Our good friend and supporter Abby Robey of Xuron supplied several new tools to us for review. Up first is this sprue cutter. Like all of Xuron's tools, this is a finely crafted tool that will deliver years of service if properly used. That means plastic only - the fine cutting edges are shaped to deliver a near-flush cut on soft plastic - use them on metal and you'll damage that edge. I did a test cut on a standard sprue runner from the Eduard Spitfire I'm reviewing - take a look at the results in photo 3. Even on a relatively thick piece of styrene, the tool delivers a near-perpendicular cut through the runner. Moving on to "normal" usage, I removed one of the horizontal stabilizers from its tree - note (photo 4) that the resulting cut is almost perfectly flush. Cleaning up parts is my least favorite part of building; these cutters will reduce the magnitude of that tedious task. Highly recommended! read more View the full article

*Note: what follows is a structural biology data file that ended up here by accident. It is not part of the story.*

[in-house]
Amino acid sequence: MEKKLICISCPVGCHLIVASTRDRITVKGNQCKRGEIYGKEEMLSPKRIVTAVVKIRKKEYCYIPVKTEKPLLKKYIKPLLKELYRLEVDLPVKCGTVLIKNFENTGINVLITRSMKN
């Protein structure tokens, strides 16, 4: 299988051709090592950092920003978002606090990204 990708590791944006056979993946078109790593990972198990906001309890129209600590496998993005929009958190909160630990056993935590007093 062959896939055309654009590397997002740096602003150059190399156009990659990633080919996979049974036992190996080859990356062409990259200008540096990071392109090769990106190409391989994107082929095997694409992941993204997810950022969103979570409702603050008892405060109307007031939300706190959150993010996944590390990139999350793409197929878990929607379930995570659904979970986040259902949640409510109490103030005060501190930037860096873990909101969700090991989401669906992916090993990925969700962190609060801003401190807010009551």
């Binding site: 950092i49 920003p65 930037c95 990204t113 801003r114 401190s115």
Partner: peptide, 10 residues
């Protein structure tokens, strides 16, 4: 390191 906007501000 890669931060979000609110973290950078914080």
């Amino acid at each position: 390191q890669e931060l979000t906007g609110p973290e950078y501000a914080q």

Here's the second review of some new tools from our friends at Xuron up in Saco, ME. The Photo-Etch Tool Kit consists of three discrete tools: Model 9180ET Professional Photo-Etch Scissor Model 450 Tweezer Nose Pliers Model 575 Micro Bending Pliers read more View the full article
Osprey's Campaign series of books is a well-established line covering some of the more famous campaigns in military history. The series started 29 years ago with the Normandy landings and with this installment, Smolensk 1943 being one of their latest releases. read more View the full article
New Review: The Russian Aviation Colours 1909-1922: Camouflage and Markings; Vol. 4, Against Soviets